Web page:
To Wentworth Place
by John Stocks
With fragile memories of frail passion
The cold consumptive kiss of thwarted love.
Salt tears sting his torn lips
Fingers bitten by bitter frost
As white as blanched asparagus
The restless agony of it all.
The ghastly coach that races past
The grim pools of winter like a curse
Indifferent wind driving from the east
Sends him shivering to catch his death
Lungs aching in a mouldering fog
And black grey slurs of oozing slush.
One racking cough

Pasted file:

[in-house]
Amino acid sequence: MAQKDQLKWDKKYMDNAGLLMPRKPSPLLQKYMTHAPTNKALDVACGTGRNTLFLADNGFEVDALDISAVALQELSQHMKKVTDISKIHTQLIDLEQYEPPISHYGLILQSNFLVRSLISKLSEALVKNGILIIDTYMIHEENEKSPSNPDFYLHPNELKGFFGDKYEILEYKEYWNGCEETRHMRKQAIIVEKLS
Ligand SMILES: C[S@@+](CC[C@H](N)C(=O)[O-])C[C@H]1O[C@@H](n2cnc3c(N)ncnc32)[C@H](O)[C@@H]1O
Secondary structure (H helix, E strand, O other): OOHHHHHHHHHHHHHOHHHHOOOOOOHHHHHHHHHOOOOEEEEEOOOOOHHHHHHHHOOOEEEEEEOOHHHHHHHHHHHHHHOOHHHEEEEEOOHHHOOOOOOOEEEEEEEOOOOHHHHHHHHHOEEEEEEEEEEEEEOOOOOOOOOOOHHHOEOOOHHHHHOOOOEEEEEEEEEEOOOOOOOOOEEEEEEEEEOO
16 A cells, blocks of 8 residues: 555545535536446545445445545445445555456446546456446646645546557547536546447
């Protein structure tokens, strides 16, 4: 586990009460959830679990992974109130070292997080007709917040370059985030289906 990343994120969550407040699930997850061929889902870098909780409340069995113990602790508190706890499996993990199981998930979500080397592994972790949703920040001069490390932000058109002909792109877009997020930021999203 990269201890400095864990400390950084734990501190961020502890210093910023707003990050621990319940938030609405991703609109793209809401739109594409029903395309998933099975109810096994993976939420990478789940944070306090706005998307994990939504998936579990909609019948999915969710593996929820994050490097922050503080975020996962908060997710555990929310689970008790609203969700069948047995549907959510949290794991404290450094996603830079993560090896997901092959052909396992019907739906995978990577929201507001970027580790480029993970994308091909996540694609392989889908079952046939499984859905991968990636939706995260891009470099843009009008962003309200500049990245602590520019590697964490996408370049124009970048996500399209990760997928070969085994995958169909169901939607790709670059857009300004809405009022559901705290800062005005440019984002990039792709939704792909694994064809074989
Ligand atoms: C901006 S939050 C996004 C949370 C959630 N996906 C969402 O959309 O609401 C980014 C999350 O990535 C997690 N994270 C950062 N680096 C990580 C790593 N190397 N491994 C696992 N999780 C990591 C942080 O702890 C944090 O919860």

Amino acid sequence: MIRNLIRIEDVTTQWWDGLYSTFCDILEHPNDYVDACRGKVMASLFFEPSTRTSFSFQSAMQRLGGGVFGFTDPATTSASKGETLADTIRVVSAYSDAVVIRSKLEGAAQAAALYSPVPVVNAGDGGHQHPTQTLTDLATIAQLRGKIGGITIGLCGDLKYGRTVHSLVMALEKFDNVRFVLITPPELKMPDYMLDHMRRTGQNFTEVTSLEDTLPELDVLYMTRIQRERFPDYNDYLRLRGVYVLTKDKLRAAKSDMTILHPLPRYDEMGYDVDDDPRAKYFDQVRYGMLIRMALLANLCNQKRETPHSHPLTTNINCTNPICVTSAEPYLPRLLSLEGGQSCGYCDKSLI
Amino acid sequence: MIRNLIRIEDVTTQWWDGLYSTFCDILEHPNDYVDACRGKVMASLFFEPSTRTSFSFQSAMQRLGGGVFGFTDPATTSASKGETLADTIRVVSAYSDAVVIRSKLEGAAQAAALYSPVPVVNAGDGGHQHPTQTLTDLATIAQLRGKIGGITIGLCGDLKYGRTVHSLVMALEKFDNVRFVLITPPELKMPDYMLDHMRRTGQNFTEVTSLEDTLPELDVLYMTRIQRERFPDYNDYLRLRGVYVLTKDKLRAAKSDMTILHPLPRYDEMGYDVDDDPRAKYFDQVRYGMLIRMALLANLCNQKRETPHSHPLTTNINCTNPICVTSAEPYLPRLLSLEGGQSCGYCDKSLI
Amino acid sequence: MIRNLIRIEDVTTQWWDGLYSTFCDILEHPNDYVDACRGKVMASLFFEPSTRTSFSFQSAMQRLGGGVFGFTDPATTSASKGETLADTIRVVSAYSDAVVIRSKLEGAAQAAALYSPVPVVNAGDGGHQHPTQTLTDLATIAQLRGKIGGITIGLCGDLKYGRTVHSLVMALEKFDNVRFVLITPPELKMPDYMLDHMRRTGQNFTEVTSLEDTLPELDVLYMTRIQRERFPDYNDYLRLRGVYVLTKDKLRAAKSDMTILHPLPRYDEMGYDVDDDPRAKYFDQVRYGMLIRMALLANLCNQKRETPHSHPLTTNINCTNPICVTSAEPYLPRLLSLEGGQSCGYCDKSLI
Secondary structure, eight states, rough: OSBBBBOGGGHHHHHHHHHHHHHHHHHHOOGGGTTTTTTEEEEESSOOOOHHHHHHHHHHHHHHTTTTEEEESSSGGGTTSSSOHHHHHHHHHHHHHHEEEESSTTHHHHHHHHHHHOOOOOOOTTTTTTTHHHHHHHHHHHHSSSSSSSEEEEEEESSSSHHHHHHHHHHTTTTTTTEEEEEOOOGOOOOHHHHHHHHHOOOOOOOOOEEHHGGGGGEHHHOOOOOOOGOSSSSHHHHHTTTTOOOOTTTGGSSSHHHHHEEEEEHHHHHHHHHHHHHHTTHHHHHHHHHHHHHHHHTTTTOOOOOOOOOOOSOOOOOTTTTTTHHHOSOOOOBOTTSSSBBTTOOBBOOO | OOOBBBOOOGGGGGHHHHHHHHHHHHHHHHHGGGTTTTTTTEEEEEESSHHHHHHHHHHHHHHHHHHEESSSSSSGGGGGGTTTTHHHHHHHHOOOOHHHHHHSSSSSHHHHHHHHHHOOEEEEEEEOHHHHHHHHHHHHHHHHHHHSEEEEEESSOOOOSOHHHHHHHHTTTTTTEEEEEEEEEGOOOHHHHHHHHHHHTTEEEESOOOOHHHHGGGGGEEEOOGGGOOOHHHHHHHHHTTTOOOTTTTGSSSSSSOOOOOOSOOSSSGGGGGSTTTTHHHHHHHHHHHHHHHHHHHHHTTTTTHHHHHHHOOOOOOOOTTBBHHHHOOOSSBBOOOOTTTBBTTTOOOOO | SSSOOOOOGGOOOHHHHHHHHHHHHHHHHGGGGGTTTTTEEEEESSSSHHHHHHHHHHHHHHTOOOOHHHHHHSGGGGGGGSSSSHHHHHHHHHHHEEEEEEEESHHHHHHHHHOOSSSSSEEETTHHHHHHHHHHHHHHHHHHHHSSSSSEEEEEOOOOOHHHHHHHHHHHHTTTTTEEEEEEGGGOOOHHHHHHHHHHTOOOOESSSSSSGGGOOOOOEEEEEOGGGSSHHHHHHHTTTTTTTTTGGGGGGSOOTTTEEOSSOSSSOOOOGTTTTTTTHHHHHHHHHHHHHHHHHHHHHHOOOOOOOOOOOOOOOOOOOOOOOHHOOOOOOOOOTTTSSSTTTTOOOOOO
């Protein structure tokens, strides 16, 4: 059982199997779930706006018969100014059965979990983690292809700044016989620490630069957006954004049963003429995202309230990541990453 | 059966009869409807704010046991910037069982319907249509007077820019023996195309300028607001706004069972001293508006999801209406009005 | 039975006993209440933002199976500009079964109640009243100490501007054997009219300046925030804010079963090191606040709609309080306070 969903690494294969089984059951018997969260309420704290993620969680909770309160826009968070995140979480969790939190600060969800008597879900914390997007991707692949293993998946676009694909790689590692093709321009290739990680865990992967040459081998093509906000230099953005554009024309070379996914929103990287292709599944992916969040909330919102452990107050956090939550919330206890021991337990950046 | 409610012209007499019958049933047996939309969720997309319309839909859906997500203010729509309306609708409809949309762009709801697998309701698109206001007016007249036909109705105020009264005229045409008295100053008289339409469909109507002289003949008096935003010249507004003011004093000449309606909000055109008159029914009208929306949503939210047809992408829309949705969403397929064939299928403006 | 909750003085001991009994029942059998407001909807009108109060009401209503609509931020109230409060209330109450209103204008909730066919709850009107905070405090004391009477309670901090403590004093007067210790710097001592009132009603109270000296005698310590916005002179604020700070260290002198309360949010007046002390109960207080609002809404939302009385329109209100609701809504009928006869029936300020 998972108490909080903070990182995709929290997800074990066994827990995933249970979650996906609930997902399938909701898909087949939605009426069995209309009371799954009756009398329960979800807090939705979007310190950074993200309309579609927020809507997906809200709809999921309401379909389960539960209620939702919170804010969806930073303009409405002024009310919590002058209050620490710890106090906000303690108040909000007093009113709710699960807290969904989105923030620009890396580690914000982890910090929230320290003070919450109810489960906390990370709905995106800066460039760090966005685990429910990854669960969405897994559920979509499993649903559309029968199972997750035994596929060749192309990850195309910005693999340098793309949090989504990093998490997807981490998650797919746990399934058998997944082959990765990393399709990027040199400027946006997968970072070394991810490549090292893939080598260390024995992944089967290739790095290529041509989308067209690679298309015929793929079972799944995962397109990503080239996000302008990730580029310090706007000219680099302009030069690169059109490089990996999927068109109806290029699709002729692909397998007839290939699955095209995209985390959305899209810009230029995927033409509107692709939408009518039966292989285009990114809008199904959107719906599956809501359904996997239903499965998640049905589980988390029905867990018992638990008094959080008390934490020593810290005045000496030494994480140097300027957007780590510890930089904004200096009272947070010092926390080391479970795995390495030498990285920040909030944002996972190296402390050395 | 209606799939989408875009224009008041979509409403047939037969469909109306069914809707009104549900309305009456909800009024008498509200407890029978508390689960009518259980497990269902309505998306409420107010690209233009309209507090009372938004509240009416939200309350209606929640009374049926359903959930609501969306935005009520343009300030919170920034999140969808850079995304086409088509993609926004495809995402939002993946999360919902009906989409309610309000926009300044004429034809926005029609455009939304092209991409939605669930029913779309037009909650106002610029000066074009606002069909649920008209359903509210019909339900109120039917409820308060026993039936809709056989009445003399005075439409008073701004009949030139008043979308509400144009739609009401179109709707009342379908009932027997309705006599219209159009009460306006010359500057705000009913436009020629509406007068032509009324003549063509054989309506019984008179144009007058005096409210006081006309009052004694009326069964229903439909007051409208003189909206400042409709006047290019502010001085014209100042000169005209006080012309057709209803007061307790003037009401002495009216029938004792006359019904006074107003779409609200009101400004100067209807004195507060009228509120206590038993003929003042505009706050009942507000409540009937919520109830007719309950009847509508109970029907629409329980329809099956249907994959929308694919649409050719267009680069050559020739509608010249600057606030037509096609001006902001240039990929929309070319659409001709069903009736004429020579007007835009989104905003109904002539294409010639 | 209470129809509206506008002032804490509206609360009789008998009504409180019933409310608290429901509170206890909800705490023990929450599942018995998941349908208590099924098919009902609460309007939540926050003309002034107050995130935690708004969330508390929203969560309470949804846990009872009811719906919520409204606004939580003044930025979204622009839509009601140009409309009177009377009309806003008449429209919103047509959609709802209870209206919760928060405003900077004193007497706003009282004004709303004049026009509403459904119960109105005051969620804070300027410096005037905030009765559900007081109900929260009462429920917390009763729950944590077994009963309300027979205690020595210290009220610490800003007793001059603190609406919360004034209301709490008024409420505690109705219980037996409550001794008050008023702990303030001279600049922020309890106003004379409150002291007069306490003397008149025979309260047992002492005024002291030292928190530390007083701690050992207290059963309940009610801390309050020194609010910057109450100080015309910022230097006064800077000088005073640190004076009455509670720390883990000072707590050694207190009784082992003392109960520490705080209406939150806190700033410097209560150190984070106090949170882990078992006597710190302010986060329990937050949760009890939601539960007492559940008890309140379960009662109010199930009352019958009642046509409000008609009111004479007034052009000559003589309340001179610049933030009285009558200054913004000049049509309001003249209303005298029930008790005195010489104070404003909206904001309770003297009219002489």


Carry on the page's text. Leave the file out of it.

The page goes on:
One fateful drop of blood
As terminal as the hangman’s hood.
So close to infinite beauty
To perfect truth
The boy who unleashed the power of words
The helpless lover who dreamed too much.
The poem relates to the poignant moment when a drop of blood enabled Keats, who, in the great poetic tradition, had been too poor to buy an overcoat and had travelled in distress in the cheap open seats of a coach, to correctly diagnose his own tuberculosis, which he recognised as a death sentence.
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